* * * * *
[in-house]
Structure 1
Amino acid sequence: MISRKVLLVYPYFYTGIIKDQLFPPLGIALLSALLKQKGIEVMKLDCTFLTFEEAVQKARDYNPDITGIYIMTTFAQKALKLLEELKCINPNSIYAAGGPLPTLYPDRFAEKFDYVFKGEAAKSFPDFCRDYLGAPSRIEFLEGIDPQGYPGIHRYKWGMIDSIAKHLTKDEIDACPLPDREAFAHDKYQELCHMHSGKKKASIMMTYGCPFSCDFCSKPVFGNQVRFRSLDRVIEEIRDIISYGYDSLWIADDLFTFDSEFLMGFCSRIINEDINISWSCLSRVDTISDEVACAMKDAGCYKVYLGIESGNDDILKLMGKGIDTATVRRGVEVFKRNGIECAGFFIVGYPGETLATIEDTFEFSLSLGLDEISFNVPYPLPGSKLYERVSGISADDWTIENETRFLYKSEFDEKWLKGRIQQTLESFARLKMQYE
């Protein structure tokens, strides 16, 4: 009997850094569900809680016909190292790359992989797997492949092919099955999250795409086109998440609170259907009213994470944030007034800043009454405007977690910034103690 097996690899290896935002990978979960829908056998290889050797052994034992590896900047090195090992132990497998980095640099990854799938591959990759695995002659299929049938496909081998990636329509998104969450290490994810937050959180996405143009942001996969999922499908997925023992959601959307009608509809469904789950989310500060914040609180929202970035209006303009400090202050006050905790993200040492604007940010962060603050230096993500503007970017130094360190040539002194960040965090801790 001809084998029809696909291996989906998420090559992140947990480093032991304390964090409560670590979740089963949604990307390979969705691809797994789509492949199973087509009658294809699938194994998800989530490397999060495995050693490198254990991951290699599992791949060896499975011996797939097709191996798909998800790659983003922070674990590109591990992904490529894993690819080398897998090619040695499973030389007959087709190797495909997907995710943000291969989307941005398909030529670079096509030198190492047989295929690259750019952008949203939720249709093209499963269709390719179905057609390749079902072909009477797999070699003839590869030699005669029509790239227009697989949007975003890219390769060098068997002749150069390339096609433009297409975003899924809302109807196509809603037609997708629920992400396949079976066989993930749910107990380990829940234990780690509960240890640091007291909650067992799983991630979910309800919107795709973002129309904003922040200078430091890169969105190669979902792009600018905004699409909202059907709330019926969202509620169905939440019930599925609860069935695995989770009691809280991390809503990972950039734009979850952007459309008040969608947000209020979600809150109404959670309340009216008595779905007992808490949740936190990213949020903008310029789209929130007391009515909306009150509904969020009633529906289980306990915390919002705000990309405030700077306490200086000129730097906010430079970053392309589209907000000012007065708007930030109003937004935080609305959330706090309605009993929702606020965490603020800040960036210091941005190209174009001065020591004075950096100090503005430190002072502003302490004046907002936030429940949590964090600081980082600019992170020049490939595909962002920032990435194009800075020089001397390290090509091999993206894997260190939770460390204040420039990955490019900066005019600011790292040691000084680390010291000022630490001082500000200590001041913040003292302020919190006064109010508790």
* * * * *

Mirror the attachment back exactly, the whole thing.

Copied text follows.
[in-house]
Structure 1
Amino acid sequence: MISRKVLLVYPYFYTGIIKDQLFPPLGIALLSALLKQKGIEVMKLDCTFLTFEEAVQKARDYNPDITGIYIMTTFAQKALKLLEELKCINPNSIYAAGGPLPTLYPDRFAEKFDYVFKGEAAKSFPDFCRDYLGAPSRIEFLEGIDPQGYPGIHRYKWGMIDSIAKHLTKDEIDACPLPDREAFAHDKYQELCHMHSGKKKASIMMTYGCPFSCDFCSKPVFGNQVRFRSLDRVIEEIRDIISYGYDSLWIADDLFTFDSEFLMGFCSRIINEDINISWSCLSRVDTISDEVACAMKDAGCYKVYLGIESGNDDILKLMGKGIDTATVRRGVEVFKRNGIECAGFFIVGYPGETLATIEDTFEFSLSLGLDEISFNVPYPLPGSKLYERVSGISADDWTIENETRFLYKSEFDEKWLKGRIQQTLESFARLKMQYE
């Protein structure tokens, strides 16, 4: 009997850094569900809680016909190292790359992989797997492949092919099955999250795409086109998440609170259907009213994470944030007034800043009454405007977690910034103690 097996690899290896935002990978979960829908056998290889050797052994034992590896900047090195090992132990497998980095640099990854799938591959990759695995002659299929049938496909081998990636329509998104969450290490994810937050959180996405143009942001996969999922499908997925023992959601959307009608509809469904789950989310500060914040609180929202970035209006303009400090202050006050905790993200040492604007940010962060603050230096993500503007970017130094360190040539002194960040965090801790 001809084998029809696909291996989906998420090559992140947990480093032991304390964090409560670590979740089963949604990307390979969705691809797994789509492949199973087509009658294809699938194994998800989530490397999060495995050693490198254990991951290699599992791949060896499975011996797939097709191996798909998800790659983003922070674990590109591990992904490529894993690819080398897998090619040695499973030389007959087709190797495909997907995710943000291969989307941005398909030529670079096509030198190492047989295929690259750019952008949203939720249709093209499963269709390719179905057609390749079902072909009477797999070699003839590869030699005669029509790239227009697989949007975003890219390769060098068997002749150069390339096609433009297409975003899924809302109807196509809603037609997708629920992400396949079976066989993930749910107990380990829940234990780690509960240890640091007291909650067992799983991630979910309800919107795709973002129309904003922040200078430091890169969105190669979902792009600018905004699409909202059907709330019926969202509620169905939440019930599925609860069935695995989770009691809280991390809503990972950039734009979850952007459309008040969608947000209020979600809150109404959670309340009216008595779905007992808490949740936190990213949020903008310029789209929130007391009515909306009150509904969020009633529906289980306990915390919002705000990309405030700077306490200086000129730097906010430079970053392309589209907000000012007065708007930030109003937004935080609305959330706090309605009993929702606020965490603020800040960036210091941005190209174009001065020591004075950096100090503005430190002072502003302490004046907002936030429940949590964090600081980082600019992170020049490939595909962002920032990435194009800075020089001397390290090509091999993206894997260190939770460390204040420039990955490019900066005019600011790292040691000084680390010291000022630490001082500000200590001041913040003292302020919190006064109010508790």